This is an archived article and the information in the article may be outdated. Please look at the time stamp on the story to see when it was last updated.

The Nelson-Atkins Museum of Art’s COVID-19 vaccine mandate for employees led to the firing of a longtime teacher for noncompliance, and she now claims religious discrimination in a federal lawsuit.

Former studio classroom teacher Kelly Sledd filed suit Dec. 27 in U.S. District Court for the Western District of Missouri.

Shelly Freeman of the Freeman Martin McKee LLC law firm in Kansas City represents the Nelson-Atkins in the case. Freeman said the museum declines to comment because the matter involves pending litigation. The museum has not filed an official response to the lawsuit.

In October 2021, the Nelson-Atkins informed employees that it was implementing a vaccine mandate. Sledd requested a religious exemption, saying that getting vaccinated conflicted with her sincerely held Christian beliefs.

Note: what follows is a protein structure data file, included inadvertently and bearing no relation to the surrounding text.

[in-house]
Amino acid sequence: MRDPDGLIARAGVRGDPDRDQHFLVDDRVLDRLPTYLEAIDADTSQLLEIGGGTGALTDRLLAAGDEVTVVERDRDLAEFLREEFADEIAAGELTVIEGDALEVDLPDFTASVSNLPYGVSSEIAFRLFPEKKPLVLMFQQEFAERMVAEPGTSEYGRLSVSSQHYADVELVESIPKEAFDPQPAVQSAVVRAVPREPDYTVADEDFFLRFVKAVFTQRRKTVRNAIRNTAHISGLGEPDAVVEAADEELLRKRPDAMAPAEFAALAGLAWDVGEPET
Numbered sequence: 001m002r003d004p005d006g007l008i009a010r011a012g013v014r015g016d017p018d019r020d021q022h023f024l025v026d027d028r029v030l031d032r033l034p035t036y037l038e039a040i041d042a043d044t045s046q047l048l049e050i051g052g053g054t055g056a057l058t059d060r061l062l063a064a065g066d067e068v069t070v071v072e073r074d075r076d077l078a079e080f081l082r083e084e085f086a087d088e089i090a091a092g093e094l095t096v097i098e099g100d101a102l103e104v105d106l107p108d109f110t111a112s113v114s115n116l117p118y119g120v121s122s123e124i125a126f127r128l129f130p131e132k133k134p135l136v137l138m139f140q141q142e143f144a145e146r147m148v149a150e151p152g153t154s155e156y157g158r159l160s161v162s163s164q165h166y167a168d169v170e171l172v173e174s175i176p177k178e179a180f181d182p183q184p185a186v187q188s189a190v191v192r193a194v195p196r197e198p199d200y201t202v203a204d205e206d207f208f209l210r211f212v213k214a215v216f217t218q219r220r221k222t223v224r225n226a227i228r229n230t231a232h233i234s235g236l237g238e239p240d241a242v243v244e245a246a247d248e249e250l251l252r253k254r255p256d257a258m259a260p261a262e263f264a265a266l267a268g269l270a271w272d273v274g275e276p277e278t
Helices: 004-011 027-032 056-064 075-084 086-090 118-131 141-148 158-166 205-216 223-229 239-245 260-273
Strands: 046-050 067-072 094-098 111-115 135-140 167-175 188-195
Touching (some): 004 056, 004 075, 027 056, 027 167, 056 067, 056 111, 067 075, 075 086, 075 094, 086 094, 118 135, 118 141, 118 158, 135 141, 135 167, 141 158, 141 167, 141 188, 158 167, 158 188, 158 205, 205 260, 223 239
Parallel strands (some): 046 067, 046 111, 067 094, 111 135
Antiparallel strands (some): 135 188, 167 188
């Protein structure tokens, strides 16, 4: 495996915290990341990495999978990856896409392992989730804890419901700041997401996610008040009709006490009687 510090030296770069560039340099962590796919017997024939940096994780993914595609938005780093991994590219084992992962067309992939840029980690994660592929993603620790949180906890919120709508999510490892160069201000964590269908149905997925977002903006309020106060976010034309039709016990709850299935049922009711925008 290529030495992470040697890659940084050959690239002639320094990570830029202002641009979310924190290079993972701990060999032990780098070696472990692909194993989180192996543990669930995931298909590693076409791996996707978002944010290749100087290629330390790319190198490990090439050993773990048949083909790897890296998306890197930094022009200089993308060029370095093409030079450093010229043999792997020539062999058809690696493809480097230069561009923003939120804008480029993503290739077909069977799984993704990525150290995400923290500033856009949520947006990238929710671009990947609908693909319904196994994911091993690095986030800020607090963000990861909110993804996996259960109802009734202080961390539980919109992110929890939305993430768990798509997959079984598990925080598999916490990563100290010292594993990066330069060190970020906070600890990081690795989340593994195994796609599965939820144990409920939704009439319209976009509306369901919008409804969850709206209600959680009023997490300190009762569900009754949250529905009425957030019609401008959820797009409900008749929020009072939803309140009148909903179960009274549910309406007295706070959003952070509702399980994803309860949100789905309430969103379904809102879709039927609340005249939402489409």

Sledd claims that the Nelson-Atkins never met with her to discuss her religious beliefs, alternative protective measures other than being fully vaccinated for COVID-19 or reasonable accommodations.

Sledd claims museum officials stated that allowing her to continue teaching art classes without being fully vaccinated would create an undue hardship. Sledd also claims the museum allowed students to attend classes without a vaccination requirement and allowed the public to enter the museum regardless of their vaccination status.

>> Keep reading in the Kansas City Business Journal